In this blog post we will describe how we wrote an image processing demo for the Parallella prototype which we’ve been experimenting with and detail some of the problems we faced along the way and how we overcame them.
We chose to use OpenCL rather than straight C since we thought it would be simpler to develop data parallel oriented code in this manner. More on this later…
We had four cameras, each hooked up to a Raspberry Pi which were all connected to a Parallella by way of a network switch. The following figure outlines the setup:
The problem we decided to solve and demonstrate was to capture images from the cameras and process them using OpenCL on the Parallella board. Image processing, by its nature, lends itself well to parallel processing. Many image processing algorithms are concerned with applying a function over each individual pixel or block of pixels in the image simultaneously.
We wanted to show that we could use the Epiphany architecture to accomplish several of these processing tasks. The first algorithm chosen was Sobel edge detection, to ensure that we could familiarise ourselves with the toolchain and kept the problem simple enough that we could achieve results in real time if necessary.
Initially we wanted to do a Circular Hough transform which is where circles are detected in a binary image, but lacking atomic operations in the current alpha version of the OpenCL implementation within the SDK made it impossible to do it in the short amount of time we had available.
The Camera Code
Each Raspberry Pi was provisioned with an Erlang node which was responsible for capturing image frames via the OpenCV library. OpenCV was only used to grab frames from the webcams and perform the grayscale conversion but no further processing was done on the Pi after that. In order to accomplish this, we wrote a simple Erlang NIF (native implemented functions) library which allowed us to capture frames, the exposed API is:
As you can see the API is pretty simple, all we wanted to do was to capture an image frame, convert it to grayscale and pass it on to the Parallela for further processing. We used Erlang/OTP’s standard components, such as gen_server, supervisors to create our application and we used gen_tcp as the transport mechanism in order to send the frames across since we had previous code to do this and it turns out to be efficient.
The OpenCL Code
The Parallella was provisioned with an Erlang node which acquired image frames from a Raspberry Pi and processed the data using a custom OpenCL NIF. You may be wondering at this point why we didn’t make use of Tony Rogvall’s excellent OpenCL bindings.This was due to the fact that we are using a prototype platform and a prototype SDK and as such, we did run into some trouble getting it to run on the Parallella without segfaults and did not have the time to change the codebase to support everything we needed.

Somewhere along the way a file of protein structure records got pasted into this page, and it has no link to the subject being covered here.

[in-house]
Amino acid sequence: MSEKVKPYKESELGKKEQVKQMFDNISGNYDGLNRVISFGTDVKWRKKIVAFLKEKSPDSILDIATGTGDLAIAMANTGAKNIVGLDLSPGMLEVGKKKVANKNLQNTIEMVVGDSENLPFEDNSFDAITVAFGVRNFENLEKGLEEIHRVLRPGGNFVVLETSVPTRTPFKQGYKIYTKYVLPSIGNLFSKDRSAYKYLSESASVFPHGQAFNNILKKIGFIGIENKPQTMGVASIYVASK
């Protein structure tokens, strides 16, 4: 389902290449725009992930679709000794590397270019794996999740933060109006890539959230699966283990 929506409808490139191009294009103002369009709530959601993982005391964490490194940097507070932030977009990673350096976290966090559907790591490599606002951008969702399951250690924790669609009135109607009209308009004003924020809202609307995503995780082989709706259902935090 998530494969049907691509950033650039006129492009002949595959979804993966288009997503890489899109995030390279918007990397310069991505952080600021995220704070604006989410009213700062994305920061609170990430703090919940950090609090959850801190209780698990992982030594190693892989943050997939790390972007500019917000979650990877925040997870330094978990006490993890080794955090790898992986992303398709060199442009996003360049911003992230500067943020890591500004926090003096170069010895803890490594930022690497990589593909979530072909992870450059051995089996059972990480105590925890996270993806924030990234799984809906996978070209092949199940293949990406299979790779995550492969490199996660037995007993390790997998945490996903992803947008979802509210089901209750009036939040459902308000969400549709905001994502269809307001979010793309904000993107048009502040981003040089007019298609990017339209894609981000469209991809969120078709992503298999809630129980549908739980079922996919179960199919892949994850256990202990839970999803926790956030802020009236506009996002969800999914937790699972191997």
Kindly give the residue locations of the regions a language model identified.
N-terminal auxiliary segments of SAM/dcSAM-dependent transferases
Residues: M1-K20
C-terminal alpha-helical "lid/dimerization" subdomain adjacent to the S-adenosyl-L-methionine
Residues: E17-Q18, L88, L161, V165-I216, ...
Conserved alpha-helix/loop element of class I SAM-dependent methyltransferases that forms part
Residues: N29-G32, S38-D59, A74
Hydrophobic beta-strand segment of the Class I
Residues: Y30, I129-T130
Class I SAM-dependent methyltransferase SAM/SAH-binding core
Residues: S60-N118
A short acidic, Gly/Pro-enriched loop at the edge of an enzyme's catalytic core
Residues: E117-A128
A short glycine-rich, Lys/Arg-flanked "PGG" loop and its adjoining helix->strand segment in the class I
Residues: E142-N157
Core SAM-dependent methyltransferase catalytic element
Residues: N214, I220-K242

The OpenCL NIF we wrote has the following API:
Where initialize is responsible for ensuring that OpenCL is setup and a context is acquired, terminate cleans up all of the OpenCL variables which need to be freed, and transform executes an OpenCL transform on the input data. transform works by loading the data into device memory (Parallela being the device here), processes it and writes the result back to a binary which is then returned to Erlang.
The results of our experiment and the code we have developed on our Parallella board can be found at this GitHub repository, released under the Apache 2 open source license.
After spending some time with the platform, we realised that OpenCL does not map to the Parallella in the same manner as it does for a GPU due to the nature of the architecture. This can be seen as a benefit since the Parallella platform allows for more freedom where scheduling the computation of different expressions is concerned. In OpenCL one is forced to use the scheduling that the hardware specifies.
Quoting David Richie of Brown Deer Technology, the lead developer of OpenCL for the Epiphany architecture:
“Something to keep in mind. OpenCL was designed for GPUs with all other processors being an afterthought. The idea of very large workgroup sizes is driven by their being a multi-threaded architecture. A GPU must have “thousands” of threads in flight (concurrently executed) to be efficient. Epiphany and (multicore CPUs) have no (small) multi-threading support, so the aim for effiicent coding is completely different. The best way to use Epiphany is to map workgroup size to the number of physical cores. There is no advantage to going beyond this since you consume stack and add overhead for context switching. That is basically why we settled on the model we have now, known as “pth”.”
Ed Tate, who did the heavy lifting on this experiment, presented his experience working with this application and some plans for his future explorations at the “Preparing for Parallella” event held at Bletchley Park in July. The slides Ed presented are available here.
We’ve been investigating using various other parallel architectures for some time now and it is our intention to attempt to map parallel algorithms to them in order to assess their viability within commercial server based solutions.
In the next blog post we will discuss intensionality and how it can help us both express parallel algorithms in a concise manner, but also obtain a coherent semantic model for doing distributed computations across many-core machines. We will also delve into the details of the technology we are building within Erlang in order to obtain good performance and demonstrate how it could possibly map to the Parallella architecture.
This has been an interesting experiment for us as we explored the Parallella platform using a simple application as a case study. We are looking forward to diving deeper into the Parallella and publishing our findings here via further blog posts.